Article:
He now runs GTE’s legal department in Stamford, Conn., managing 128 attorneys. Barr also serves on the company’s executive leadership committee, a small group of senior staff members who help GTE’s chairman develop the company’s corporate strategy.
“In-house lawyers are able to be players in the decision-making process,” says Ed Durso, JD’78, executive vice president / administration for the sports cable network ESPN. “When you work as outside counsel, the decisions are often made before you’re called in. I wanted the opportunity to focus on long-term goals. As general counsel, my job is to help keep the company moving forward. I have more control than if I were outside counsel.”
Durso was also recruited by corporate America for his expertise. A sports aficionado since his youth, he was the starting shortstop at Harvard College for three years, played in the College World Series twice (1973 and 1974), and earned All-Ivy League recognition.
His first job after taw school was with Cole, Raywid & Braverman, a cable television and litigation firm in Washington. He then went to work for the office of the commissioner of Major League Baseball. In 1989, during negotiations between MLB and ESPN, he worked closely with the cable network’s executives. A few weeks later they called and asked if he would come on board.
Since joining ESPN, Durso has been involved in significant programming acquisitions, including Major League Baseball and the National Hockey League. In February 1996, he was promoted from general counsel and executive vice president to his current position.
In addition to his former duties, Durso also oversees communications, finance, management information systems and human resources.
Women in the ranks
Fewer women than men serve as general counsels, but this is about to change, says Barbara McAninch, JD’75, now senior vice president and general counsel at Pearle Vision, headquartered in Dallas.
“My class was one of the first large groups of women to go to law school,” she notes. “It will be within the next five to seven years that more and more women will be the heads of corporate law departments.”
McAninch started her career working for the Department of Justice, then went to a private law firm in Memphis, Tenn. In 1984, she decided to alter her career path and signed on with the Holiday Inns hotel chain. She joined Pearle Vision in 1992 as managing attorney, rising to general counsel two years later.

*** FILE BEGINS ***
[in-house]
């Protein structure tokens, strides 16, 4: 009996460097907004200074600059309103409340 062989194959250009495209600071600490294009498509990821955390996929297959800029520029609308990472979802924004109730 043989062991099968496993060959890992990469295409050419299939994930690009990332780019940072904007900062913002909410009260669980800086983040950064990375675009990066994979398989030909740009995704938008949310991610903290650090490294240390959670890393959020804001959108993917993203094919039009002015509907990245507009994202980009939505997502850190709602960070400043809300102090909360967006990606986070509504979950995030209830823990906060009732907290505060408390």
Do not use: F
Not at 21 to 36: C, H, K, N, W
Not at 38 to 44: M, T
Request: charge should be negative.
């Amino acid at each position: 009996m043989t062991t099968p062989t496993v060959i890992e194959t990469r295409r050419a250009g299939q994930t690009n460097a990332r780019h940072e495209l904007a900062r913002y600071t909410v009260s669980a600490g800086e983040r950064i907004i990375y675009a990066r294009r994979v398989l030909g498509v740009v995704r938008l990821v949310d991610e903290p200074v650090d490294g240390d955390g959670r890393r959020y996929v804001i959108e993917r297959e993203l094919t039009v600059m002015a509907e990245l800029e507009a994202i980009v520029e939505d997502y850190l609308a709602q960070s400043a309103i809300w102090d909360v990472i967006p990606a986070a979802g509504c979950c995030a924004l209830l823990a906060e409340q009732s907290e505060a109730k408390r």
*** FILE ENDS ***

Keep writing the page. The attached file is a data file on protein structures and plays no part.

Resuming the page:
For women, she says, “it has always been a matter of time. But talent also matters. I see the entire law profession discovering that in-house counsels are very intelligent, qualified and capable lawyers who chose to work in-house. Women are ideal for this job.”
Plus, McAninch says she feels companies are generally better places for female attorneys than private firms. “I have talked with female lawyers at firms who have experienced discrimination for choosing to have families,” she says. “In fact, many of the male lawyers in private firms treat pregnant lawyers with disdain.
“Corporations are not like that. They have policies and procedures regarding maternity leave. It is part of the ebb and flow. In many law firms, there are no maternity and family leave policies.”
Joan Leonard, JD’85, is another woman who has made her way to the leading legal position in an organization.
She was finishing her second year in the tax policy office of the U.S. Treasury Department when the general counsel of Howard Hughes Medical Institute in Chevy Chase, Md., contacted her about joining the research organization as an associate general counsel. She was happy to make the move.
“You don’t bill time as an in-house attorney,” she says. “That is a good thing.”
There was another side to the adjustment from private practice, however. “I found that as an in-house lawyer, I was providing legal analysis and advice and also helping to implement that advice,” she says. “As a result, projects tended not to have clear beginnings and endings.”
Two years later, Leonard was getting used to her new role when tragedy struck. Her boss was murdered at his Annapolis home.
Leonard moved up to general counsel, supervising a staff of 11. “This was a completely different challenge,” she remembers. “As general counsel, I feel an even deeper commitment to our very important work. And I also have the feeling that I am making a contribution, which is really rewarding.”